Figure of a hawk (Horus) standing. There is a ring on the back.
Horus is the King of the Gods on Earth.
Amulets were used by ancient Egyptians to ward off evil and gain the protection of various gods. Each deity had its own area of protection, such as Taweret for fertility and childbirth, or Horus for the majesty of kingship. Abstract symbols like the wadj scepter represented the papyrus plant stem and conveyed “eternal youth”, and the djed pillar symbolized “stability.” People would wear, carry, or offer amulets to deities to gain blessings and would be buried with mummies to protect them in the afterlife.
Spells in the Book of the Dead and other Egyptian funerary texts told morticians where to place each amulet, what stone it should be made of, which spells to say over it, and what effect each amulet would have.
332 CE – 30 BCE
Ceramic (earthenware) - Faience
Current Location Status:
Gift Of Edward Lowe
Mysteries of Egypt
(November 21 1999 – March 26 2000)Mysteries of Egypt was a traveling exhibit organized by the Canadian Museum of Civilization in the 1990s. It featured authentic and reproduction artifacts from ancient Egypt.Egypt
(2015 – 2016)GRPM produced Egypt exhibit
(donor)Edward Lowe was one of 8 children of James and Eliza Lowe who were British immigrants in 1869 from Lancashire (Ashton under Lyne) at the behest of Eliza’s father R. E. Butterworth, who had arrived in 1841. James operated a cotton business in England and when he moved to Grand Rapids became the partner of Richard E. Butterworth (1806-1888) in Butterworth and Lowe, This was the first iron foundry and machine shop in Grand Rapids and was on the site of where the Civic Auditorium is today. James was a philanthropist active in providing the building for Division St. (First) Methodist and was instrumental in bringing Salvation Army to Grand Rapids in 1883. The family lived on Cherry Street.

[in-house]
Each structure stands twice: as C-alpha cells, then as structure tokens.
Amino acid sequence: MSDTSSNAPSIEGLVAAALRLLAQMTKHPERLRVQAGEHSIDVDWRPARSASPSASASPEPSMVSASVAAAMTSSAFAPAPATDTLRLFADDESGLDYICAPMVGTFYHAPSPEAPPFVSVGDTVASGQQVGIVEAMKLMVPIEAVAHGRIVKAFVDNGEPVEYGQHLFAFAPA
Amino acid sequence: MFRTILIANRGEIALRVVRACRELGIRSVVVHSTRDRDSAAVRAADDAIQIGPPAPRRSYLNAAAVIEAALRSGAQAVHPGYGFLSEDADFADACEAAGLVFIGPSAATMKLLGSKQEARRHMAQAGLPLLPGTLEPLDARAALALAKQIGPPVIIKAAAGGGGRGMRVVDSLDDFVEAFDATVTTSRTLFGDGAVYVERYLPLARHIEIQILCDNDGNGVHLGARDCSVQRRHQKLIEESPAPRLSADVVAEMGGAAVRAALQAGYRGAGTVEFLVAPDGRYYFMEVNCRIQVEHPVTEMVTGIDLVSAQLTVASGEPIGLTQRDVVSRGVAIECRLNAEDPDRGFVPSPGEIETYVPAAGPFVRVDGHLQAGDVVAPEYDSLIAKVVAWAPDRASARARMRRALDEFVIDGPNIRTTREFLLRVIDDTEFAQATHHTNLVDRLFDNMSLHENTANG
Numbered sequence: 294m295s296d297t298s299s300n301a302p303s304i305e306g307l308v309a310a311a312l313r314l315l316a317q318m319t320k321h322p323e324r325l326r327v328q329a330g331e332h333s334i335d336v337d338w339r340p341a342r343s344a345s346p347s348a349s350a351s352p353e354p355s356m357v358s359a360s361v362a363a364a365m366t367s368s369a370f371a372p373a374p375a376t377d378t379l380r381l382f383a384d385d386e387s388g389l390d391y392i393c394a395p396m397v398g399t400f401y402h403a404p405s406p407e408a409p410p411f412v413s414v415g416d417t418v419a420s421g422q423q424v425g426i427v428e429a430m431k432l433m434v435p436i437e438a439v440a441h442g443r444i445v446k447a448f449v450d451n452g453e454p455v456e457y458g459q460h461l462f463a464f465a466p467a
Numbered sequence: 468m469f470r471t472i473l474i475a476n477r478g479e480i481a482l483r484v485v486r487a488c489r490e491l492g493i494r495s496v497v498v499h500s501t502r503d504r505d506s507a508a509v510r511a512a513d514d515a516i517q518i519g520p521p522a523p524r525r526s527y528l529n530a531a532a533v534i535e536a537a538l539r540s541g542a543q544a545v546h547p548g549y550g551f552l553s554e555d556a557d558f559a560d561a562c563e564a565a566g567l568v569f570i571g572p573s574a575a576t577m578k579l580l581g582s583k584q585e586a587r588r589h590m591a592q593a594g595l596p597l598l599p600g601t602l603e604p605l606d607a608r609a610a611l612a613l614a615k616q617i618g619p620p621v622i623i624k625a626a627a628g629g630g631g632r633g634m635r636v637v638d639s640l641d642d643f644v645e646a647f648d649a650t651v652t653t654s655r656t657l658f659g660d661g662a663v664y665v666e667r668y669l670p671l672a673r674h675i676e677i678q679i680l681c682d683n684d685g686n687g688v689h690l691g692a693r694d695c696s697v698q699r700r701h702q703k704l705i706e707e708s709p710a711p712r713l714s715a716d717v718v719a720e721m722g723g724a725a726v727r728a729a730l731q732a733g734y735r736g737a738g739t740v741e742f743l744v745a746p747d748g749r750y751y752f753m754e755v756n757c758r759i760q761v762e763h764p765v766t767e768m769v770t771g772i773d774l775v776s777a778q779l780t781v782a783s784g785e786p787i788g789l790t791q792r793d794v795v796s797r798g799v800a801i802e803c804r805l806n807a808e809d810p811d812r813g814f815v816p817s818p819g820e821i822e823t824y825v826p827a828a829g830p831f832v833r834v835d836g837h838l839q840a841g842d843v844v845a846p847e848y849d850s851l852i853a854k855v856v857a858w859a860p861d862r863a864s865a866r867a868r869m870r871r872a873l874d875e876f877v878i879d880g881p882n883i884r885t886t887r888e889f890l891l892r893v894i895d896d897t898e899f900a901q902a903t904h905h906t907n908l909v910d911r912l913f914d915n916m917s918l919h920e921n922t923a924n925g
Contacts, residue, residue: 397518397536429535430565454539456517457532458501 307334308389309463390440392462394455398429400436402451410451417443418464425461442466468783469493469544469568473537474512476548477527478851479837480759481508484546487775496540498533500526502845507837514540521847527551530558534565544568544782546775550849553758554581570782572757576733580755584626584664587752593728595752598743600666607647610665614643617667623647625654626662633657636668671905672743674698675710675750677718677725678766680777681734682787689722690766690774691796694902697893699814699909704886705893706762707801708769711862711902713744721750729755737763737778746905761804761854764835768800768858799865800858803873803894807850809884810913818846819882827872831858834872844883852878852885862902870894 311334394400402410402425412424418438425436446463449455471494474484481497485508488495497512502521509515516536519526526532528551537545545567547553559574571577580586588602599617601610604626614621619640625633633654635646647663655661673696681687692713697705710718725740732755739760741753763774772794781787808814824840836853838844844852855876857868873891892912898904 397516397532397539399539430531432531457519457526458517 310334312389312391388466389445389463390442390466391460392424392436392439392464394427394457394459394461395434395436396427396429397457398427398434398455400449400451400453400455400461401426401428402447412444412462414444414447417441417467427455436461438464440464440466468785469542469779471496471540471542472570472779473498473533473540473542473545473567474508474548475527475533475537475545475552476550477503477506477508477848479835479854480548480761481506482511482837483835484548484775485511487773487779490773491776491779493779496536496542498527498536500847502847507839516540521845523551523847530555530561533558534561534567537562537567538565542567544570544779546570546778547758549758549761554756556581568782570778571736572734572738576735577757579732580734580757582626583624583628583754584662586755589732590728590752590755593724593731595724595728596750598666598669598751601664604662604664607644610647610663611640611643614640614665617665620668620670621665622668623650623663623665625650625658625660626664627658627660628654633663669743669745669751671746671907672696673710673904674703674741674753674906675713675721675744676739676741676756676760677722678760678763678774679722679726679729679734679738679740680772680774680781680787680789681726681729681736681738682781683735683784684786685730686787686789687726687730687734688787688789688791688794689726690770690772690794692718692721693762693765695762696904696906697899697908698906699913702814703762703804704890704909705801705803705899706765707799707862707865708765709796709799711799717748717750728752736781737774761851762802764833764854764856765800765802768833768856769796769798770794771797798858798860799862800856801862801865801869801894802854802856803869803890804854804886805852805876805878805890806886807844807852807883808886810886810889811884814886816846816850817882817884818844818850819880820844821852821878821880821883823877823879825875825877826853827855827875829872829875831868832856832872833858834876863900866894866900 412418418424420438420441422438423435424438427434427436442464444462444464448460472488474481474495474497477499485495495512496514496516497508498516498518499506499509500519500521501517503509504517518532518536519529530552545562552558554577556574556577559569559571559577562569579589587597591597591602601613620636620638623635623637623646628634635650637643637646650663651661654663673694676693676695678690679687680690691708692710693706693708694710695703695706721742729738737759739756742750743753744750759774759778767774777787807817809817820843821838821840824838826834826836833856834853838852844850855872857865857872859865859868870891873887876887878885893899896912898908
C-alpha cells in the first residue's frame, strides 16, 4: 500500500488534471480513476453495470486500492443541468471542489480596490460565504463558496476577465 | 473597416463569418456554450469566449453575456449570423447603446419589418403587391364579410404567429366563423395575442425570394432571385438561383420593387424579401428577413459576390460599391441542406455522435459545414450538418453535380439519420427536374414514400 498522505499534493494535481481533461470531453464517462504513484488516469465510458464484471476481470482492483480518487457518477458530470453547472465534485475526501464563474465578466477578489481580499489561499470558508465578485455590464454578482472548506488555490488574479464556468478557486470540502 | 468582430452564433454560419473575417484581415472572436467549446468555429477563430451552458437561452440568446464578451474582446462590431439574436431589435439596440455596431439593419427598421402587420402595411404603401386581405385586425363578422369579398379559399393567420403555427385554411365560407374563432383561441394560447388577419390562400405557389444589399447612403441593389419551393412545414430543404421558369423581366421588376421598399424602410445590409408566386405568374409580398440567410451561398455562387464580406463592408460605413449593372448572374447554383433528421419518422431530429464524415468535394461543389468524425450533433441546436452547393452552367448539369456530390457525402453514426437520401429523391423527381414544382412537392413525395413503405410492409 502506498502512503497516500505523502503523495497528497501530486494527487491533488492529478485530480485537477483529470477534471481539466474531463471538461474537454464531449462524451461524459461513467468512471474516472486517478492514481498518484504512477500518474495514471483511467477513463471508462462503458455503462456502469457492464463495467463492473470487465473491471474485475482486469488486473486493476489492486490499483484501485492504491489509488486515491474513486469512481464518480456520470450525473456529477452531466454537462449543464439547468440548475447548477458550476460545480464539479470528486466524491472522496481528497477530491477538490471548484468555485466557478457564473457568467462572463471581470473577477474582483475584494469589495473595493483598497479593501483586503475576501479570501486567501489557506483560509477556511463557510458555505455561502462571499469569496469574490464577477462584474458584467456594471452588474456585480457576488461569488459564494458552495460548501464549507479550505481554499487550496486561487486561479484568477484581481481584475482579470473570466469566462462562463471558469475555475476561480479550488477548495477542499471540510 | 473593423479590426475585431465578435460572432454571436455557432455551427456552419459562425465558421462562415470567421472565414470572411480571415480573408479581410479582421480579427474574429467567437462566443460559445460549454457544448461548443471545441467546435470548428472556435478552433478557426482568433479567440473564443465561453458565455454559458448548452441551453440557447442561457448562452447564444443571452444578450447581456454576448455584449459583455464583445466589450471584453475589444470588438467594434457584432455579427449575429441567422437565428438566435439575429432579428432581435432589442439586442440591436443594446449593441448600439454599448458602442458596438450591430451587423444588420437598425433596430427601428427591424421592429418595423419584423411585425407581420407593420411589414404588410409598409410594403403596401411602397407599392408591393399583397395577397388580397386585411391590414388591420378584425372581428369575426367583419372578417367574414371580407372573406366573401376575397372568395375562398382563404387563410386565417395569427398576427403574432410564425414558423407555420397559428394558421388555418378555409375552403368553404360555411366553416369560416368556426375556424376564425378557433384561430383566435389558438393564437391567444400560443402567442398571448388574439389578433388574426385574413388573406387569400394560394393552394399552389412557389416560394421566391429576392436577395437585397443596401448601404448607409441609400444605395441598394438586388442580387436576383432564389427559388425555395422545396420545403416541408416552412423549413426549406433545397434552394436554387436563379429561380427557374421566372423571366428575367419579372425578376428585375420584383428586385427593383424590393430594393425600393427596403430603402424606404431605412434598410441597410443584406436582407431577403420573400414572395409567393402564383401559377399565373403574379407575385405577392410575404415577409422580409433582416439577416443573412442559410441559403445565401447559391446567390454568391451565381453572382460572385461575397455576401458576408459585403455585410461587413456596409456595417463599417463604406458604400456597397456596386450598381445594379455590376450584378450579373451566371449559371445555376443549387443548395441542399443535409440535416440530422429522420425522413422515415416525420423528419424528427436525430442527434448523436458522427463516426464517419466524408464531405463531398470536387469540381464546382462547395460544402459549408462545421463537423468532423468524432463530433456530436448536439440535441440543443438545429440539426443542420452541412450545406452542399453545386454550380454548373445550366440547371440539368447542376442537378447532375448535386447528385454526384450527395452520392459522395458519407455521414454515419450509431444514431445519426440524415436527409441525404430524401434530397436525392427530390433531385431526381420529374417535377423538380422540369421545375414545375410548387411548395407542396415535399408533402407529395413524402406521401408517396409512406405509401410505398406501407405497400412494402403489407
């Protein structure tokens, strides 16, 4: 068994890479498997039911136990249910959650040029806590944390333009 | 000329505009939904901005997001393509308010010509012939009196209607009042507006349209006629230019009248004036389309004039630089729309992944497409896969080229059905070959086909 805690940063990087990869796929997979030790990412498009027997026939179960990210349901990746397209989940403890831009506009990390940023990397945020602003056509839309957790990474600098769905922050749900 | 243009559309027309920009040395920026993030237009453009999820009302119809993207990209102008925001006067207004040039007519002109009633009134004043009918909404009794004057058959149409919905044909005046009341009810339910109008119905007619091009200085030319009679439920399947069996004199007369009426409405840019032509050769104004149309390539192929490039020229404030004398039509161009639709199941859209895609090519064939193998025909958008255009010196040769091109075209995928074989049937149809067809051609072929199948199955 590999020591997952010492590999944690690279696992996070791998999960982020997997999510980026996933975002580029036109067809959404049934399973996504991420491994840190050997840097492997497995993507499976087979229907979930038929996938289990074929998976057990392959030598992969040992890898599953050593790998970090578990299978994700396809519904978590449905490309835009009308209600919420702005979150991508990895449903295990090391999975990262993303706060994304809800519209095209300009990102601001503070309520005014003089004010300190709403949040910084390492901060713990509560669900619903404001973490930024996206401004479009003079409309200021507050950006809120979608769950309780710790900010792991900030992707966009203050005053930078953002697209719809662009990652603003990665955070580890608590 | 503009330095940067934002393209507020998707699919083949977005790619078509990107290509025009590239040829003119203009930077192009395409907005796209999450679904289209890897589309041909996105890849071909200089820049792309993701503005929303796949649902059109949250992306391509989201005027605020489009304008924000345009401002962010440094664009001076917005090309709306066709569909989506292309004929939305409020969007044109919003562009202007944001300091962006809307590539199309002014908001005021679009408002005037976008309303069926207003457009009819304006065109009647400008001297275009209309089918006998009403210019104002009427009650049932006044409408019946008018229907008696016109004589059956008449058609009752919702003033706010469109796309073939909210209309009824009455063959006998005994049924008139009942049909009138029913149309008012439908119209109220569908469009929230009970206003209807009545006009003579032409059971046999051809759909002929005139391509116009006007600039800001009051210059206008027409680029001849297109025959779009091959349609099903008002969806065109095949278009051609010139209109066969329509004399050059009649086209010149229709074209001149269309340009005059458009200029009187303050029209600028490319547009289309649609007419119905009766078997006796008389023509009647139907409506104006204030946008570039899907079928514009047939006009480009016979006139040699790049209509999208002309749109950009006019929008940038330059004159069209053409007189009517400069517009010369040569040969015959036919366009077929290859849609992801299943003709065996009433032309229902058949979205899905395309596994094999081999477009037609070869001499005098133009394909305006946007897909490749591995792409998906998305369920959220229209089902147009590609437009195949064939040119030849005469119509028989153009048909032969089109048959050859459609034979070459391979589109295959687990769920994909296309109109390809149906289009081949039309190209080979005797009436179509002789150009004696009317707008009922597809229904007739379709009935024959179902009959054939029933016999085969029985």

In his early years, Edward a grandson of Butterworth, apprenticed at the family foundry, which built pumping machinery for first Grand Rapids Water Works. He married former Susan Blodgett (1865-1931) in 1888 and according to Kent County records, she had an alleged dowry of $1 million. Edward left the iron business in 1892 for lumber which was her father’s family business. Blodgett’s business had large holdings in Cadillac area as well as West and South.
The family lived in a Victorian brick home at 103 College SE (at Washington) followed by a 22-room Turdor mansion that was built in 1905 called "Holmdene" (now Aquinas College mansion, where he planted more than 1000 trees of various kinds); they also had homes in California and in Europe. Edward and Susan had 3 children: Edward Jr. (b. 1890), Barbara (b. 1893,Mrs. Charles Henry Fallas of NY), James Rowland Lowe (b. 1904)
Edward and Susan were generous philanthropists to St. Mark’s Episcopal, Salvation Army’s Evangeline Home, Blodgett Hospital; also the major donors for new Butterworth Hospital in 1911 (they gave the whole block of property and another $500K in 1921); Edward long-time president of Butterworth’s board. Other life achievements included founder of Kent Country Club, first golf course in west MI; Director of Old National Bank, later of Old Kent, and of Michigan Trust Co. He donated a large memorial "resurrection window" at First Methodist in memory of parents, who had been members there. Edward died with an estate of 6.5M, largest then recorded in Kent County.